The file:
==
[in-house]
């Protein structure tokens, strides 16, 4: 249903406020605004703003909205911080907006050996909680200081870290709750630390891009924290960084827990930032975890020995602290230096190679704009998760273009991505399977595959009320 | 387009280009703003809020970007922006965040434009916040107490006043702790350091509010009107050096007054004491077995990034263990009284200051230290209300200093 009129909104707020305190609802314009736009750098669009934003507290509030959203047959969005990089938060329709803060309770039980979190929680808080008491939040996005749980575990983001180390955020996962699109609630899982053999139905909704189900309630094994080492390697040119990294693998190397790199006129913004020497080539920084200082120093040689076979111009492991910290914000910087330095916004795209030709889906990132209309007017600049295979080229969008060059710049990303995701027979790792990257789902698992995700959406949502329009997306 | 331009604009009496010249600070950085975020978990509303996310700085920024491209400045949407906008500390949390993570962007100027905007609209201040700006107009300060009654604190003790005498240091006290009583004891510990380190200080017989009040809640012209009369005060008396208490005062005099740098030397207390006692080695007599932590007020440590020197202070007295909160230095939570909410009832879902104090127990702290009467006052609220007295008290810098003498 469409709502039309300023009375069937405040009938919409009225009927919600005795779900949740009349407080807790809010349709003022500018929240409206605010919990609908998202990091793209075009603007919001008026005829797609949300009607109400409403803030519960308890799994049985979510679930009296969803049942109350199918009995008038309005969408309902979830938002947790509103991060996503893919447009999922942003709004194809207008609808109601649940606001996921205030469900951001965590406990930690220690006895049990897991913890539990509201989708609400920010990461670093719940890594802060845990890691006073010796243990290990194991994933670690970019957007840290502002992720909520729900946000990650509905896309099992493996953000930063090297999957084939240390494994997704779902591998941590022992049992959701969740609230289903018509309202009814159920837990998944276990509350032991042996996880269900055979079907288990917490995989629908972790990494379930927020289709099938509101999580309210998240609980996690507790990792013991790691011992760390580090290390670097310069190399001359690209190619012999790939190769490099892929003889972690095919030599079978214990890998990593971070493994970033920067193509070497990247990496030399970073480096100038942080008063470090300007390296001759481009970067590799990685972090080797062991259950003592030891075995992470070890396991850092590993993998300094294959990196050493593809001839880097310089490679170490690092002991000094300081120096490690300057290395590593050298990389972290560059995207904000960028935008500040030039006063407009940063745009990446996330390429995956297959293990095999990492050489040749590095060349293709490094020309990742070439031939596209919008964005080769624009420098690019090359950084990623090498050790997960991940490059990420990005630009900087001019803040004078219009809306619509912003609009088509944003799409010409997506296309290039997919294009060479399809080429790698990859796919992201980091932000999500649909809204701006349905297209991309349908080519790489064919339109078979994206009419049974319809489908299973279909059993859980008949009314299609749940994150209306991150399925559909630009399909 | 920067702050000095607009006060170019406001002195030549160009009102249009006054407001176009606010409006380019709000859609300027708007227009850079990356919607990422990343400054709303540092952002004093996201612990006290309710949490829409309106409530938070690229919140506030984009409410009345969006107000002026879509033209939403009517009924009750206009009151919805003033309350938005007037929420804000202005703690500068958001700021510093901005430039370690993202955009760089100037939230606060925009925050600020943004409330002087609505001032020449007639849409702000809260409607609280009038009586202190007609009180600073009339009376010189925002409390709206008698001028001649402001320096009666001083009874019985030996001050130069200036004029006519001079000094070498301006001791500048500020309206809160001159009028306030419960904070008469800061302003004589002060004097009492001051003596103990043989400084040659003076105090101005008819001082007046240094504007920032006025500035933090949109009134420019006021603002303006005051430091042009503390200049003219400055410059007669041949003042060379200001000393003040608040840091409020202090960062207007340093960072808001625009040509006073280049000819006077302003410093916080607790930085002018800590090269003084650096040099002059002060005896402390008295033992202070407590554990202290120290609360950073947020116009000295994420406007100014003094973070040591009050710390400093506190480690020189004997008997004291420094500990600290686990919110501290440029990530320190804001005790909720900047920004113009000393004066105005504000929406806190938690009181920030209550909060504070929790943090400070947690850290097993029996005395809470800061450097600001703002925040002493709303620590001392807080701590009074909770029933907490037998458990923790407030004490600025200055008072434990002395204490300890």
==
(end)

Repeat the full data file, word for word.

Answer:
[in-house]
């Protein structure tokens, strides 16, 4: 249903406020605004703003909205911080907006050996909680200081870290709750630390891009924290960084827990930032975890020995602290230096190679704009998760273009991505399977595959009320 | 387009280009703003809020970007922006965040434009916040107490006043702790350091509010009107050096007054004491077995990034263990009284200051230290209300200093 009129909104707020305190609802314009736009750098669009934003507290509030959203047959969005990089938060329709803060309770039980979190929680808080008491939040996005749980575990983001180390955020996962699109609630899982053999139905909704189900309630094994080492390697040119990294693998190397790199006129913004020497080539920084200082120093040689076979111009492991910290914000910087330095916004795209030709889906990132209309007017600049295979080229969008060059710049990303995701027979790792990257789902698992995700959406949502329009997306 | 331009604009009496010249600070950085975020978990509303996310700085920024491209400045949407906008500390949390993570962007100027905007609209201040700006107009300060009654604190003790005498240091006290009583004891510990380190200080017989009040809640012209009369005060008396208490005062005099740098030397207390006692080695007599932590007020440590020197202070007295909160230095939570909410009832879902104090127990702290009467006052609220007295008290810098003498 469409709502039309300023009375069937405040009938919409009225009927919600005795779900949740009349407080807790809010349709003022500018929240409206605010919990609908998202990091793209075009603007919001008026005829797609949300009607109400409403803030519960308890799994049985979510679930009296969803049942109350199918009995008038309005969408309902979830938002947790509103991060996503893919447009999922942003709004194809207008609808109601649940606001996921205030469900951001965590406990930690220690006895049990897991913890539990509201989708609400920010990461670093719940890594802060845990890691006073010796243990290990194991994933670690970019957007840290502002992720909520729900946000990650509905896309099992493996953000930063090297999957084939240390494994997704779902591998941590022992049992959701969740609230289903018509309202009814159920837990998944276990509350032991042996996880269900055979079907288990917490995989629908972790990494379930927020289709099938509101999580309210998240609980996690507790990792013991790691011992760390580090290390670097310069190399001359690209190619012999790939190769490099892929003889972690095919030599079978214990890998990593971070493994970033920067193509070497990247990496030399970073480096100038942080008063470090300007390296001759481009970067590799990685972090080797062991259950003592030891075995992470070890396991850092590993993998300094294959990196050493593809001839880097310089490679170490690092002991000094300081120096490690300057290395590593050298990389972290560059995207904000960028935008500040030039006063407009940063745009990446996330390429995956297959293990095999990492050489040749590095060349293709490094020309990742070439031939596209919008964005080769624009420098690019090359950084990623090498050790997960991940490059990420990005630009900087001019803040004078219009809306619509912003609009088509944003799409010409997506296309290039997919294009060479399809080429790698990859796919992201980091932000999500649909809204701006349905297209991309349908080519790489064919339109078979994206009419049974319809489908299973279909059993859980008949009314299609749940994150209306991150399925559909630009399909 | 920067702050000095607009006060170019406001002195030549160009009102249009006054407001176009606010409006380019709000859609300027708007227009850079990356919607990422990343400054709303540092952002004093996201612990006290309710949490829409309106409530938070690229919140506030984009409410009345969006107000002026879509033209939403009517009924009750206009009151919805003033309350938005007037929420804000202005703690500068958001700021510093901005430039370690993202955009760089100037939230606060925009925050600020943004409330002087609505001032020449007639849409702000809260409607609280009038009586202190007609009180600073009339009376010189925002409390709206008698001028001649402001320096009666001083009874019985030996001050130069200036004029006519001079000094070498301006001791500048500020309206809160001159009028306030419960904070008469800061302003004589002060004097009492001051003596103990043989400084040659003076105090101005008819001082007046240094504007920032006025500035933090949109009134420019006021603002303006005051430091042009503390200049003219400055410059007669041949003042060379200001000393003040608040840091409020202090960062207007340093960072808001625009040509006073280049000819006077302003410093916080607790930085002018800590090269003084650096040099002059002060005896402390008295033992202070407590554990202290120290609360950073947020116009000295994420406007100014003094973070040591009050710390400093506190480690020189004997008997004291420094500990600290686990919110501290440029990530320190804001005790909720900047920004113009000393004066105005504000929406806190938690009181920030209550909060504070929790943090400070947690850290097993029996005395809470800061450097600001703002925040002493709303620590001392807080701590009074909770029933907490037998458990923790407030004490600025200055008072434990002395204490300890």